+0
He also had the support of the crowd, with his hometown of Philadelphia being just up the road.

Note the comma before WITH. I never know when to use a comma before with and when not. Can anyone explain the difference?
Comments  
Hi Pambele,

Welcome to the Forum.

He also had the support of the crowd, with his hometown of Philadelphia being just up the road.

Note the comma before WITH. I never know when to use a comma before with and when not. Can anyone explain the difference?

It depends on how 'tightly coupled' the will phrase is to what precedes it. In other words, it depends on how important the phrase is to the overall meaning of the sentence.

eg He surprised her with an engagement ring. He surprised her, with an umbrella in his hand.

eg He fell with a dozen eggs in his hand, but none of the eggs broke. He fell, with a book in his hand.

Another way to look at this is to consider that a comma represents a pause in speaking. So, put a comma if you feel that you would pause. However, I realize that this can sometimes be difficult for learners to judge.

Finally, there are cases where the same sentence may or may not use a comma, depending on the meaning you wish to convey.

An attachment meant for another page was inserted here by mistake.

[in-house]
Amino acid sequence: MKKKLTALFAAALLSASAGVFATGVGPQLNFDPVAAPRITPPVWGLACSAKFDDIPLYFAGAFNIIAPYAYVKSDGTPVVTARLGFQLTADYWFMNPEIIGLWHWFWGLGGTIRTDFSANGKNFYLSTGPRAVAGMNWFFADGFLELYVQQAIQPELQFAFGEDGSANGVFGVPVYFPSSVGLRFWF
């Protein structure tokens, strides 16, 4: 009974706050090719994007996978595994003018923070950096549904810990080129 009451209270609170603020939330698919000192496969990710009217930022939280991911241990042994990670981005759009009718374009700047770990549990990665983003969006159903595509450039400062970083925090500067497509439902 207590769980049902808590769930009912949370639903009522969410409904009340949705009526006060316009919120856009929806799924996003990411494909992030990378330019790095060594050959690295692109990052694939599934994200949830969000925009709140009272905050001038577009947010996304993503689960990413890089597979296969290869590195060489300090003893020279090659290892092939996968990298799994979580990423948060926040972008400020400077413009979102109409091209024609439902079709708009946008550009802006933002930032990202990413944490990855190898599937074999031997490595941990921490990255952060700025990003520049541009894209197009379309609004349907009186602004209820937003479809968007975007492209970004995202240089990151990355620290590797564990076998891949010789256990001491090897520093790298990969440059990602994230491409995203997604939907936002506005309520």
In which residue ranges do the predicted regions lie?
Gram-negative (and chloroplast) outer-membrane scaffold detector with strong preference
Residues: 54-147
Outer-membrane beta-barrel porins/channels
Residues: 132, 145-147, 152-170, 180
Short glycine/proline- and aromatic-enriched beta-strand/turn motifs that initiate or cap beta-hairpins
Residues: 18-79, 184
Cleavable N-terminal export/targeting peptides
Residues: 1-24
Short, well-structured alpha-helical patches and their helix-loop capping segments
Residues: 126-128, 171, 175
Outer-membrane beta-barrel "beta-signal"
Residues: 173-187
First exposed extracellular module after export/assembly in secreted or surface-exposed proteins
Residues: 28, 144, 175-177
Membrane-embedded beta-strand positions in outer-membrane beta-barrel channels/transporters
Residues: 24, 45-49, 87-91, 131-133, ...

eg He went to the movies with Mary. This sounds like they were on a date. Mary is an important part of the 'sentence-story'.

eg He went to the movies, with Mary. This sounds like he went because he wanted to see the movie. Mary just happened to accompany him.

Best wishes, Clive
http://owl.english.purdue.edu/handouts/grammar/g_clause.html
this explained it better for me.

haha wow you can post anonymously!
Teachers: We supply a list of EFL job vacancies
That has nothing to do with comma before with questions.
Hello Experts,

So anytime there is a comma after with some information, it's a non essential modifier?

Thank you

Newbie
Hi. I think you have a typo:
It depends on how 'tightly coupled' the will phrase is ...

should be:
It depends on how 'tightly coupled' the with phrase is ...

Bev
Site Hint: Check out our list of pronunciation videos.
Pambelewith his hometown of Philadelphia being just up the road.
Just to note: "with ... being ..." participle clauses are stylistically very weak constructions. It's preferable in most cases to write a finite clause.

He also had the support of the crowd because his hometown of Philadelphia was just up the road.

CJ

Correct. The comma after with in this case is correct, as the subject is not 'in the company of' or 'in possession of' something or someone. In the op's sentence example, with is applied in place of 'because of', or 'owing to,' meaning that the reason that the subject had the support of the crowd is because of the fact, or is owing to the fact that his hometown of Philadelphia was nearby in location, implying that many of the local fans came out to cheer him on. A comma is not required after with when with is applied to show the company of more than one subject ex: Jack knew he wanted to go with Sandy to the beach to watch gulls mating.